As Haiti starts to bury hundreds killed in floods from hurricane Jeanne, Swiss aid organisations are appealing to the public to come forward with donations.
The government and charities have already made over SFr600,000 ($477,000) available, but getting assistance to stricken areas is proving difficult.
The Swiss Agency for Development and Cooperation (SDC) on Tuesday added SFr225,000 to its contribution to the World Food Programme (WFP) for Haiti, providing a total of SFr1.16 million.
Private Swiss charities, including Caritas and Heks, say they have another SFr450,000 to offer. Also assisting the WFP are two experts from the Swiss Humanitarian Aid Unit who have been flown to Haiti.
But four days after two hurricanes struck the country, large areas are still impassable because of flooding and landslides. Supplies and medicine are waiting to be distributed, but aid groups are struggling to reach the increasingly desperate survivors.
Officials have confirmed the death toll at over 1,000 and the United Nations says it could reach 2,200. Over 1,200 people are reported missing, and presumed to have been washed out to sea, buried in mud, or trapped in houses still inaccessible to rescuers.
The Swiss Red Cross last Friday sent 13 tons of supplies to the capital Port-au-Prince, but spokesman Karl Schuler says the deliveries are being held up because the main roads leading to stricken areas are still under water.
A special fund for Haiti has been set up in Switzerland, and so far the response has been good, says organiser Senta Graf. Donations can be made over the internet (see “related links”) and at post offices in Switzerland (account: 10-15000-6, marked “Haiti”).
In the past week, two hurricanes, Ivan and Jeanne, have swept across Haiti’s northwest province leaving 250,000 homeless. Worst hit were the port cities of Gonaives on the north coast and Port-de-Paix in the northwest.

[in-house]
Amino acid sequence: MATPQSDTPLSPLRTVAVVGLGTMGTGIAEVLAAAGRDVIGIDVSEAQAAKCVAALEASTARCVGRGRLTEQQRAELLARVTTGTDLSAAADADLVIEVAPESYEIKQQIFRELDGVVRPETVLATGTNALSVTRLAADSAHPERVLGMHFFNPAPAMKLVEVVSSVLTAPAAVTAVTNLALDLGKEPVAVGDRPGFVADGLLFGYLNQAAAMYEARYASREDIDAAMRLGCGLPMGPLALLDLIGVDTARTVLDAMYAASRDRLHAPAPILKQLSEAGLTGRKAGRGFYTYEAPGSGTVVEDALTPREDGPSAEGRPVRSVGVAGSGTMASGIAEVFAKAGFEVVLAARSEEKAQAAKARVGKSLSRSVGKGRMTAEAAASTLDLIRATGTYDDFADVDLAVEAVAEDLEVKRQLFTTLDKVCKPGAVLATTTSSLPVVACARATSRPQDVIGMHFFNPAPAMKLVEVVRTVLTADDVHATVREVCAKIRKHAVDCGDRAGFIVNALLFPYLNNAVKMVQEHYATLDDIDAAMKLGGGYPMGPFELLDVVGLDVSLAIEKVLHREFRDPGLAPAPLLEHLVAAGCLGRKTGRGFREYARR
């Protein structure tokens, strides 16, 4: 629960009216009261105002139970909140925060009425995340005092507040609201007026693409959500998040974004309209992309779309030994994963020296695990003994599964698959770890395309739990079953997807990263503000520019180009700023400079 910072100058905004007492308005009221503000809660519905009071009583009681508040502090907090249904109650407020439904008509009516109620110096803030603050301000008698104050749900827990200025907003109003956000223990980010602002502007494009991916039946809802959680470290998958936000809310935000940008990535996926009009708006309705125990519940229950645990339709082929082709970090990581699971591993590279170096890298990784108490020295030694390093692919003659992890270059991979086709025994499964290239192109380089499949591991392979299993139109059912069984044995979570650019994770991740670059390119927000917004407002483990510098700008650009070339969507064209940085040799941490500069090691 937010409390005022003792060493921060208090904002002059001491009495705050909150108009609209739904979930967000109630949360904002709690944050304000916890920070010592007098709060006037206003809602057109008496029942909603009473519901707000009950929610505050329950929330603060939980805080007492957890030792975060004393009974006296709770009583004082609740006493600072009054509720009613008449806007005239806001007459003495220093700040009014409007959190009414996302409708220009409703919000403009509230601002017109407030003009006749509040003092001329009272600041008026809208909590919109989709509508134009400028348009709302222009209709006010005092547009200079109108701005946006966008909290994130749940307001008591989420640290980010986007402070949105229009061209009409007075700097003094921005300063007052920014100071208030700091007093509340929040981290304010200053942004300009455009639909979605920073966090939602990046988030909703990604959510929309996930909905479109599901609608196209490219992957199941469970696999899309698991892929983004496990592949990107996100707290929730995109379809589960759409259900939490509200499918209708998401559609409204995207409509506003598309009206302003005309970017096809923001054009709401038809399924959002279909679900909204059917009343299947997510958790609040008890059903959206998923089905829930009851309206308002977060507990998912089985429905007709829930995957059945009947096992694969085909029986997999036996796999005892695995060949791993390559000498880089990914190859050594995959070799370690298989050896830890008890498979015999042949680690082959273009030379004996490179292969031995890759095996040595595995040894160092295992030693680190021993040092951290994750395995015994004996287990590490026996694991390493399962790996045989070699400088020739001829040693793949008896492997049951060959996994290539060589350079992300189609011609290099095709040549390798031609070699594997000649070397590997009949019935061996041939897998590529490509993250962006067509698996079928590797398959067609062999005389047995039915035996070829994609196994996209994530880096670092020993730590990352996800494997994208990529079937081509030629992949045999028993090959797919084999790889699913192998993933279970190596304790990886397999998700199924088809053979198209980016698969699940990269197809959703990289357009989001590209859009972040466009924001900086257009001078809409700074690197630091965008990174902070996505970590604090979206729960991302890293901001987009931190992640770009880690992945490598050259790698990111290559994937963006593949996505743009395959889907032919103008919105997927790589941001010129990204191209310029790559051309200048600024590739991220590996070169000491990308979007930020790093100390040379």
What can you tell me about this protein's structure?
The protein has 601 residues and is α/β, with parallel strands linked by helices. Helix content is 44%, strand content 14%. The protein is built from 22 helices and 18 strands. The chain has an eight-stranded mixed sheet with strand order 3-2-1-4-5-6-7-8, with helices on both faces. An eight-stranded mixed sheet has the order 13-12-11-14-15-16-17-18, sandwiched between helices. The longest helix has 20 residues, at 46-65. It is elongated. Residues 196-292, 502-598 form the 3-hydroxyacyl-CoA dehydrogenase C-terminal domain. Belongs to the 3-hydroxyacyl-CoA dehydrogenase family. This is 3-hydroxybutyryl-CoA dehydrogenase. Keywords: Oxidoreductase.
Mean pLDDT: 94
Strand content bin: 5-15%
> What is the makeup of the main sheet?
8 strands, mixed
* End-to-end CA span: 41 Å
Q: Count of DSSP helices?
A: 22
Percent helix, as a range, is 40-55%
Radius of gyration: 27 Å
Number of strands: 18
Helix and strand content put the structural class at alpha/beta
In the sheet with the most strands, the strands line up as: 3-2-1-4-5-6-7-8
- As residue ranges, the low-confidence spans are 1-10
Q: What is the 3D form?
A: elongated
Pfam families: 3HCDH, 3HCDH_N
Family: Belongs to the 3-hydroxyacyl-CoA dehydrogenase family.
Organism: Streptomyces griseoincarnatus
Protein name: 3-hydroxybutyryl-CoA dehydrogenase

On Wednesday, trucks started conveying bodies to mass graves, and hundreds more were piled up outside morgues without electricity.
Aid workers say the clean up needs to start without delay to avoid epidemics of waterborne diseases, malaria and tetanus.
“It’s a critical situation in terms of epidemics, because of the bodies still in the streets. People are drinking dirty water and scores are getting injuries from debris and becoming infected,” say Françoise Gruloos, Haiti director for the United Nations Children’s Fund.
Gruloos added that people were still marooned on the roofs of their homes, surrounded by floodwaters and mud, and to frightened to come down.
Television images shot from helicopters showed the bodies of people and animals alongside piles of debris, as survivors holding limes to their noses trudged through the mud seeking safety.
Various Swiss aid agencies, NGOs and the International Committee of the Red Cross (ICRC) have been in the country since May when it was last hit by floods.
Those caused widespread devastation along the border with the Dominican Republic. Some 1,191 people were killed in Haiti, and a further 395 died in the Dominican Republic.
Haiti is the poorest country in the western hemisphere with an annual average income of $150 per person. A political crisis forced the president Jean Bertrand Aristide to flee the country in February, and it has been under military rule since then.
Poverty has forced the population to cut down trees for fuel causing widespread deforestation, and leaving the country particularly vulnerable to floods and landslides. Experts estimate that just 1.4 per cent of the original forest cover remains.
swissinfo with agencies
Over 1,000 people have been killed, and the death toll is expected to reach 2,200.
Haiti has been struck by two devastating hurricanes in the past week.
Widespread deforestation has left the country vulnerable to floods and landslides.
Donations to assist the aid operation in Haiti can be made over the internet (see link below) or at post offices in Switzerland (account: 10-15000-6, marked “Haiti”).
The country is the poorest in the western hemisphere, and this year has been wracked by political unrest and natural disasters.
Aid groups arrived in May following floods which killed 1,191 people.